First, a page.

I’ve criticized Stars’ goaltending more than once. So I’ll admit that Kari Lehtonen has been up to the task so far, allowing just one goal in two games. Yet it’s worth mentioning that only Detroit and Philadelphia had lower goals-per-game totals than Minnesota among playoff teams. Plus the Wild are without Zach Parise and Thomas Vanek because of injuries. So I’d wait and see on Lehtonen when the Stars play either Chicago or St. Louis (assuming they finish the job against Minny).
The Mason goal wasn’t the only strange goal of the night. Check out this one off Devan Dubnyk’s head.
So what’s the best rivalry in hockey today? You might consider the Kings and Sharks if you’ve watched at least a few minutes of that series. Not a ton of offense or even shots at times (12 combined after the first period), but lots of intensity and finishing of checks (47 hits for the Kings, 40 for the Sharks). Then there’s the storyline of the teams’ last series, when the Kings rallied from an 0-3 deficit to knock off the Sharks in 2014.
But my pick for the Stanley Cup is now falling into Quick-sand with another multiple-game deficit against the Sharks. Quick looked out of position an awful lot in this game. Martin Jones looked like the goalie that was more in control, stopping 25 of 26 shots he faced. Expect Jones to be on a longer leash now that the Sharks will be pocketing two wins back to San Jose.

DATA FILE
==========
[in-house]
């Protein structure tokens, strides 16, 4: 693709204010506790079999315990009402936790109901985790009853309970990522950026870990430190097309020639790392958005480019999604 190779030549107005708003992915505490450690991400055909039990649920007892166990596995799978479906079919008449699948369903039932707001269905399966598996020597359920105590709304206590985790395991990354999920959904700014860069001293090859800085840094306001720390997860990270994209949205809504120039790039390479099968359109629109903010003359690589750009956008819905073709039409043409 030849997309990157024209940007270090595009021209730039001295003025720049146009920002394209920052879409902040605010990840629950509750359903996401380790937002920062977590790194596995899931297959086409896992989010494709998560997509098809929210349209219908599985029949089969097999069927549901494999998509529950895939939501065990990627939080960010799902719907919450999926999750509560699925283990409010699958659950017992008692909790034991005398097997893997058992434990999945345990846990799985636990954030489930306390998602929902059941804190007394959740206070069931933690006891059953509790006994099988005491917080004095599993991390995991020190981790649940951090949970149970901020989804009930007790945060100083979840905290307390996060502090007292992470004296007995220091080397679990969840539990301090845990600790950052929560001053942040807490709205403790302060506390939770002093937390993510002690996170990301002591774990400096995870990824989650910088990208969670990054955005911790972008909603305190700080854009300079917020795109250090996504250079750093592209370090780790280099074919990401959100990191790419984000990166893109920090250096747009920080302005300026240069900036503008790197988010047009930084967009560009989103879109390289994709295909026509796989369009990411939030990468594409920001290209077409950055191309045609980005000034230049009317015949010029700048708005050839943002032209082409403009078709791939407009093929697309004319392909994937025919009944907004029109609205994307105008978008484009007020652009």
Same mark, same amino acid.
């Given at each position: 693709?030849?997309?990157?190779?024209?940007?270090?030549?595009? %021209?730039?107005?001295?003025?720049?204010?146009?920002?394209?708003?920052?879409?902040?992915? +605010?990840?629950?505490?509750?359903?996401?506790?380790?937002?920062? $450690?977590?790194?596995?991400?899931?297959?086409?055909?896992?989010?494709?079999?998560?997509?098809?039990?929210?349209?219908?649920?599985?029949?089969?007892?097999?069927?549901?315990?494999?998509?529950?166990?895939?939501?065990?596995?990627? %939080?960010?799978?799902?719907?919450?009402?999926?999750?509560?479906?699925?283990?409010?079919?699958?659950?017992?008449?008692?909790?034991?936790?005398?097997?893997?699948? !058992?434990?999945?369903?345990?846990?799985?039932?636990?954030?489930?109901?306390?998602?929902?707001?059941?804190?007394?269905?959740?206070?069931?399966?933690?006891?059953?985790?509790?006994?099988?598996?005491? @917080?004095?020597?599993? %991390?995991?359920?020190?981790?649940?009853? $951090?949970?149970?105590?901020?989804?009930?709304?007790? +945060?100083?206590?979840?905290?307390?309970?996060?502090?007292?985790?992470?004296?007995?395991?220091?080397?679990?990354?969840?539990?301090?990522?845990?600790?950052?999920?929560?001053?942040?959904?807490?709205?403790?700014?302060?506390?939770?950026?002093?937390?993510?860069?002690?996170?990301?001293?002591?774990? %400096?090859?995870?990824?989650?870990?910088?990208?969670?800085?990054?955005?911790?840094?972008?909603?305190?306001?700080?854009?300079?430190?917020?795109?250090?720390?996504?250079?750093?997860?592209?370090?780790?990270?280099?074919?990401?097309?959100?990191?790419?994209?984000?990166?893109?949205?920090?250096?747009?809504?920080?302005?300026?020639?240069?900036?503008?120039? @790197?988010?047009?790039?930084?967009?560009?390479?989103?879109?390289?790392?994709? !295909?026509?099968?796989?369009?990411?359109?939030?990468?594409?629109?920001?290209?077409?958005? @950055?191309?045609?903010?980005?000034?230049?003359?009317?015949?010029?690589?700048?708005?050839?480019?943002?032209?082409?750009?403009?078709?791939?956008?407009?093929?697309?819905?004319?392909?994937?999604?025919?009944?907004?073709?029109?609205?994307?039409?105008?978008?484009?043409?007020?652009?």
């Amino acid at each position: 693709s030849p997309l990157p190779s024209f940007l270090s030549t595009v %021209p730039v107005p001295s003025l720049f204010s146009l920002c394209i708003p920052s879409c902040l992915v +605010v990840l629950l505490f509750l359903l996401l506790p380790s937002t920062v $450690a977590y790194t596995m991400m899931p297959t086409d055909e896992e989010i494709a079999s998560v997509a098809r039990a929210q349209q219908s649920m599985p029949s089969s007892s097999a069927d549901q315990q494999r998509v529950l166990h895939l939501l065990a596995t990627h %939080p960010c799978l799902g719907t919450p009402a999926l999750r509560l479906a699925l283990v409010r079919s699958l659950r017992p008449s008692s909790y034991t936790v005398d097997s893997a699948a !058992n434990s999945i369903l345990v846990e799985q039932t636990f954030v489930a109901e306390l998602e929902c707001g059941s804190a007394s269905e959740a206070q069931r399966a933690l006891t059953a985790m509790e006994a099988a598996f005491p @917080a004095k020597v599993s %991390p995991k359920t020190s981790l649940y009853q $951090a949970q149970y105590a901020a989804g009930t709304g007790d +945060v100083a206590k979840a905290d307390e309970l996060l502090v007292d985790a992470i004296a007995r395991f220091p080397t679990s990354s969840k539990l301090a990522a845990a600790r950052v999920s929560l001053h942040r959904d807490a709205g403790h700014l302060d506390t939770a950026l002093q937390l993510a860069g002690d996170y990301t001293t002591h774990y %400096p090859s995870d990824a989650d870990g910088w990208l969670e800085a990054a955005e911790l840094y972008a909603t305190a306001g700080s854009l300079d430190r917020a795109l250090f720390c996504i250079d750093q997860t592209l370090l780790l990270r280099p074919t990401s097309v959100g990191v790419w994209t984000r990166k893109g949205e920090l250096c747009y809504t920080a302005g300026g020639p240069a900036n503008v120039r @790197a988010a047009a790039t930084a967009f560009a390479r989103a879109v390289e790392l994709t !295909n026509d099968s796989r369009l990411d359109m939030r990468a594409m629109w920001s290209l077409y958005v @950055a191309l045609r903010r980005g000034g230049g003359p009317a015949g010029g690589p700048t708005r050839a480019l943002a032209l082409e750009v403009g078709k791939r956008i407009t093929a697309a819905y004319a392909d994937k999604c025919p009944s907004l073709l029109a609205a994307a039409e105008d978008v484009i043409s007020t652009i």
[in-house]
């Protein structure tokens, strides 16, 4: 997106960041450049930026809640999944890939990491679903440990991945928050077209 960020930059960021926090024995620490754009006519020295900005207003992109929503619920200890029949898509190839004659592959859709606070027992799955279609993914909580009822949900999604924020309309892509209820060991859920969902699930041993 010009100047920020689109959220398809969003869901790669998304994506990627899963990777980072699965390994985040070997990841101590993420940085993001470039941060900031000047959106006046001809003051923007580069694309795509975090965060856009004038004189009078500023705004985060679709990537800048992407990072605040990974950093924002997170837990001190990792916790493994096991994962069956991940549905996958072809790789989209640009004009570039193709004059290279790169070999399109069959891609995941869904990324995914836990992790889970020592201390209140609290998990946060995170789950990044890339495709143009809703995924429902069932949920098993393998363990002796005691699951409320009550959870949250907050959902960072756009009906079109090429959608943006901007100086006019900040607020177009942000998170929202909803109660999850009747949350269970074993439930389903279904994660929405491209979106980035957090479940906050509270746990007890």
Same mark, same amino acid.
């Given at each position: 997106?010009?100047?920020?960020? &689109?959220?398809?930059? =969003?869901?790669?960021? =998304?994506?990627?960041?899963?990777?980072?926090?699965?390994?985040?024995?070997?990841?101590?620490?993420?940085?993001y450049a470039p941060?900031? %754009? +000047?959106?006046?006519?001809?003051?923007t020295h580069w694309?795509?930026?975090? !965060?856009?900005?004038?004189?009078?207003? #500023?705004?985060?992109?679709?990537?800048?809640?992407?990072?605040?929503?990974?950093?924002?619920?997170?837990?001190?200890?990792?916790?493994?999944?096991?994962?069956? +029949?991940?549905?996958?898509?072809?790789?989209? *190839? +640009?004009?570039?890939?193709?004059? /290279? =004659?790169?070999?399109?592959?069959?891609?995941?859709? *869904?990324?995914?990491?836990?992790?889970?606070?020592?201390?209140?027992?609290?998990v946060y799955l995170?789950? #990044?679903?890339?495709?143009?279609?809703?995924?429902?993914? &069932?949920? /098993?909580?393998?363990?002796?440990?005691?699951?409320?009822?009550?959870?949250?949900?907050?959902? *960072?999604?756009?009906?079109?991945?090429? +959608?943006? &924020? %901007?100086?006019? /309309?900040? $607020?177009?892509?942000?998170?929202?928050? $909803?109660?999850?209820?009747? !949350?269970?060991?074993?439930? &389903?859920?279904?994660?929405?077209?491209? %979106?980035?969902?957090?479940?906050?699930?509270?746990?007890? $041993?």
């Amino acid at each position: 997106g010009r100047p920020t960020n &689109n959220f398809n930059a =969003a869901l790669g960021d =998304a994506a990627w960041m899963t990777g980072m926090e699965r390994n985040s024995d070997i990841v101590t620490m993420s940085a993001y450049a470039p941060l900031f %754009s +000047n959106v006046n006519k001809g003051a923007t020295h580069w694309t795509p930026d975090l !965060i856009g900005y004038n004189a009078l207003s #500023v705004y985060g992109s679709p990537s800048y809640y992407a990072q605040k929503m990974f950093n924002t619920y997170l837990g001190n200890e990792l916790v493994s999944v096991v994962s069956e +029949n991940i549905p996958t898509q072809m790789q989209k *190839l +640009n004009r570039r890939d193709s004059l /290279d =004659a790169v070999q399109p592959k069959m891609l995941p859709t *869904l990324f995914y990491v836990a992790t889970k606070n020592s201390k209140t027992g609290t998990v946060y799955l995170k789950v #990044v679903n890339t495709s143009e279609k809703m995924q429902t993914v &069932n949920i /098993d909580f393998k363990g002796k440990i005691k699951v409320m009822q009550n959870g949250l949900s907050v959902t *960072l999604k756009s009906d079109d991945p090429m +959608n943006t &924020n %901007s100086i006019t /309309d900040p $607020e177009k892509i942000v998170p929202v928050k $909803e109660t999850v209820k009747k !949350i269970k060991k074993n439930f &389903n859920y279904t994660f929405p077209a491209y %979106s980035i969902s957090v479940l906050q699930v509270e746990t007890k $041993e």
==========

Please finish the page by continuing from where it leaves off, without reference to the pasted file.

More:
Marian Gaborik also made his return, although he did not score a point with four shots on goal in 14 minutes of icetime. With just 22 points in 54 games this season, Gaborik is falling off the fantasy map.
Although Vincent Lecavalier played just 12 minutes in this game, he made those minutes count. Vinny scored the Kings’ only goal late while seeing some power-play time and important icetime late in the game. He also had the highest faceoff win percentage among Kings’ centers (9 for 13 in the dot).
During the Saturday Ramblings, Neil gave us his rant on the state of video replay during the playoffs. It was certainly an interesting read, if you haven’t had the chance to see it already. Although I won’t spend as much time on the topic today, I’ll provide my two cents worth below.
What I Like
The purpose of video review is to make the call right. I’m thinking of what hockey (and sports in general) was like before video review, when many fans would complain about that missed call or wrong call that could have been solved by guess what… video review. As much as the officials we have are the best in their field (if you don’t believe me, you’ve never experienced replacement officials), they are human and can be fallible to the bad call every now and then. If the game is held up a minute or two to verify the call on the field, I don’t have a problem with that.